Collier, Kristen Nicole (2016-08). Role of Organic Hydrocarbons in Atmospheric Ice Formation via Contact Freezing. Master's Thesis.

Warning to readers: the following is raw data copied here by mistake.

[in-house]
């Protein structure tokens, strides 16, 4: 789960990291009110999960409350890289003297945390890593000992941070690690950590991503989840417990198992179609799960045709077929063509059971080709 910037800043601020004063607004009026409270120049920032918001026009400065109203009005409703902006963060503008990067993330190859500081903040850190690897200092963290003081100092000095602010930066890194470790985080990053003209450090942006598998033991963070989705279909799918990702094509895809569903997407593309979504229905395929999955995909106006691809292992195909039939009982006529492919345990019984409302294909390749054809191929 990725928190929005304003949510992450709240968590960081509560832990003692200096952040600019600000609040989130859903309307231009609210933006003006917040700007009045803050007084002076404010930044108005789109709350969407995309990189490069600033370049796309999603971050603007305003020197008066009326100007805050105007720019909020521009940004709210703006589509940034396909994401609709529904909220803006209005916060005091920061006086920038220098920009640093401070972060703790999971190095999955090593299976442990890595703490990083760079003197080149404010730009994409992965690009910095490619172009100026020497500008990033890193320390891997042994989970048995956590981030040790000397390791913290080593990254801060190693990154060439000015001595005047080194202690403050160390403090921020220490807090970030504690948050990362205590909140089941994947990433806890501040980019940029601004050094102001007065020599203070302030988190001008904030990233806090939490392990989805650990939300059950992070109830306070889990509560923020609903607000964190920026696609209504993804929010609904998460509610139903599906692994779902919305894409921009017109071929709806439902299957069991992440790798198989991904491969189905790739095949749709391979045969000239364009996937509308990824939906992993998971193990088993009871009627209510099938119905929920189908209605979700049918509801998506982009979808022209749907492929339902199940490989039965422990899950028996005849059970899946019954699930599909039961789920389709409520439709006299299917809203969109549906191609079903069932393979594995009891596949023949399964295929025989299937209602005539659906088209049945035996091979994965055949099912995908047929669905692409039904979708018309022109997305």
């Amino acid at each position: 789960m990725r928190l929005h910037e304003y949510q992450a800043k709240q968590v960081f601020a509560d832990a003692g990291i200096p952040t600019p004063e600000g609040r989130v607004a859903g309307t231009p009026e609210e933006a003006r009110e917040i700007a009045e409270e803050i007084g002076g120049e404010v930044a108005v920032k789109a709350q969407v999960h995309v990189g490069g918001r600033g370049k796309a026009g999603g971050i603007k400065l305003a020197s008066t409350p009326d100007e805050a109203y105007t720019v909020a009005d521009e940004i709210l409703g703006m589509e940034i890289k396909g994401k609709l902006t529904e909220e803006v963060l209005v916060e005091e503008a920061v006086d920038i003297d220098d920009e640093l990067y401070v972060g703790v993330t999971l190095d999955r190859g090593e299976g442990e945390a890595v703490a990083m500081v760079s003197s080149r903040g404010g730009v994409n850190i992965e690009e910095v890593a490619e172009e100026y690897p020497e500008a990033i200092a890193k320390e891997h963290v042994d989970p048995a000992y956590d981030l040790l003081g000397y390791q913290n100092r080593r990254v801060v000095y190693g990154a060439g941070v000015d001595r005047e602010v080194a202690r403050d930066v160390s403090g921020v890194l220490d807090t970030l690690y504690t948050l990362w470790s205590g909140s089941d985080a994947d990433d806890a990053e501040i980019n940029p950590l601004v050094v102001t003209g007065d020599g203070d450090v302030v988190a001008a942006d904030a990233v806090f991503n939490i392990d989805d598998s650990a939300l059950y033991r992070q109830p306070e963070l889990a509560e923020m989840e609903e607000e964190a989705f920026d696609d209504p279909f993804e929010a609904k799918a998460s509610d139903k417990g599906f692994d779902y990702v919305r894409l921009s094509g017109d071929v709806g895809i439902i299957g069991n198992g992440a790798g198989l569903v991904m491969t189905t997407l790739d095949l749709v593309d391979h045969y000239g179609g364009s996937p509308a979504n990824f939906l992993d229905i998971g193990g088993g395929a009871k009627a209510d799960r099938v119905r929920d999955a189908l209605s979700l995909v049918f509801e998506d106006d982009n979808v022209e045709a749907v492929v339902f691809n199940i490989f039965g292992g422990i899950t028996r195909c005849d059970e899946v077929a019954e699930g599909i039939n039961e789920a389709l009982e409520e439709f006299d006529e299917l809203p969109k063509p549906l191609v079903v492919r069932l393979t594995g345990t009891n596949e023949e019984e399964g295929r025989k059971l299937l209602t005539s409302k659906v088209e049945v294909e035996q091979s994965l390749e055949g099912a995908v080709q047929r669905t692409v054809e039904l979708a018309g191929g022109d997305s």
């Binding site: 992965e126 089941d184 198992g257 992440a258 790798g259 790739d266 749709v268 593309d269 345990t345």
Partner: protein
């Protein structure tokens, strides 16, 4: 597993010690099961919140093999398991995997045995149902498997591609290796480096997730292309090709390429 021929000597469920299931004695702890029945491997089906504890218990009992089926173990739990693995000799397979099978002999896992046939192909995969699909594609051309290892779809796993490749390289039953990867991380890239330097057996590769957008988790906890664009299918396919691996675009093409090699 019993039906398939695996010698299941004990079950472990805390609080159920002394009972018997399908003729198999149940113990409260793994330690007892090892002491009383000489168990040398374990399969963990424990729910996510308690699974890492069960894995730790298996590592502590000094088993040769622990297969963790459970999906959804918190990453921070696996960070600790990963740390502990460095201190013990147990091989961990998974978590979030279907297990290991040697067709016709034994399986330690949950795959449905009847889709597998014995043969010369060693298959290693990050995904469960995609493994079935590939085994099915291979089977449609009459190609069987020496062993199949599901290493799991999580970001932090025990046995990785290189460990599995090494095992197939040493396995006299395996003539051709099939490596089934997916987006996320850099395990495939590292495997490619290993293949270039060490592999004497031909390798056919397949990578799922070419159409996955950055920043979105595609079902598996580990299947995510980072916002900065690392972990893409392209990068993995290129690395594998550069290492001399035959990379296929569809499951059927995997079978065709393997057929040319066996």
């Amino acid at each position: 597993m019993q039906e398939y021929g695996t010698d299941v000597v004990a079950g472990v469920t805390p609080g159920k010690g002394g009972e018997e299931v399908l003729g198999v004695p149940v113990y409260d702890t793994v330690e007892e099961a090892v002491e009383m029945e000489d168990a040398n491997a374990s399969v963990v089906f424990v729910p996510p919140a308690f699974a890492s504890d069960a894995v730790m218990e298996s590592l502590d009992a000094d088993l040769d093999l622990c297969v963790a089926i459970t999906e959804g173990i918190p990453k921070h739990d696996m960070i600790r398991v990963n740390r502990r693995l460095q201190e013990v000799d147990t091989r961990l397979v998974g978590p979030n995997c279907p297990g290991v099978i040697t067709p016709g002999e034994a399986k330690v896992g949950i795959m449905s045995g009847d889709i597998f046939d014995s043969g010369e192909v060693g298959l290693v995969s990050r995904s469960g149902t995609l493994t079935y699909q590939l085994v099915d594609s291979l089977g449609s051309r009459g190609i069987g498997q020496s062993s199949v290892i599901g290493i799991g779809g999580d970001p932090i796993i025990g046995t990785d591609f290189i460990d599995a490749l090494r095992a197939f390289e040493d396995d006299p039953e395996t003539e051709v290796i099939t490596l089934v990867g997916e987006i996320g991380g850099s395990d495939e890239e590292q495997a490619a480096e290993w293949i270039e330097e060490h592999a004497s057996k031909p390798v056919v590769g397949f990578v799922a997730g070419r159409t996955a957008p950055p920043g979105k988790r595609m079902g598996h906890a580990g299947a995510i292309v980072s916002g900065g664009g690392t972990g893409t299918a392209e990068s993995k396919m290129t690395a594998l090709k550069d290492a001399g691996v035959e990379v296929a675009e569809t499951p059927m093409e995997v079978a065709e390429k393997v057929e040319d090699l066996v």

An optical ice microscope apparatus equipped with a sealed cooling stage and CCD camera was used to examine contact freezing events between a water droplet and ice nucleating particles (INP) containing either fresh or oxidized organic hydrocarbons. Samples were characterized using Fourier Transfer Infrared Spectroscopy and Raman Microspectroscopy. The organic hydrocarbons considered were octacosane, squalane, and squalene. All of the samples proved to be moderately efficient ice nuclei that induced freezing between -23 to -26 ?C regardless of whether the INP was solid or liquid. Oxidation was shown to affect each INP differently, unlike what is seen in previous group results (Fornea et al., 2009; Brooks et al., 2014). Additionally, phase differences between compounds appear to correspond to whether oxidation improves ice nucleation efficiency. Oxidation of solid samples from previous work and new results indicate an improvement in ice nucleation efficiency by 1 to 2 ?C. Ice nucleation results for liquid samples suggest varied effects on ice nucleation efficiency with oxidation depending on molecular process. Changes in sample viscosity as a result of oxidation of liquids appear to affect the ice nucleation ability. Exposure of liquid INP to oxidation resulted in an increase in viscosity for squalene and a decrease for squalane. A decrease in viscosity after oxidation corresponds to a decrease in ice nucleation ability of 1 to 2 ?C. An increase in viscosity after oxidation is associated with an increase in ice nucleation ability by about 2-3 ?C. Our results suggest that liquids can act as ice nuclei, plausibly due to a decrease in the energy barrier brought about by the flexible nature of the molecules.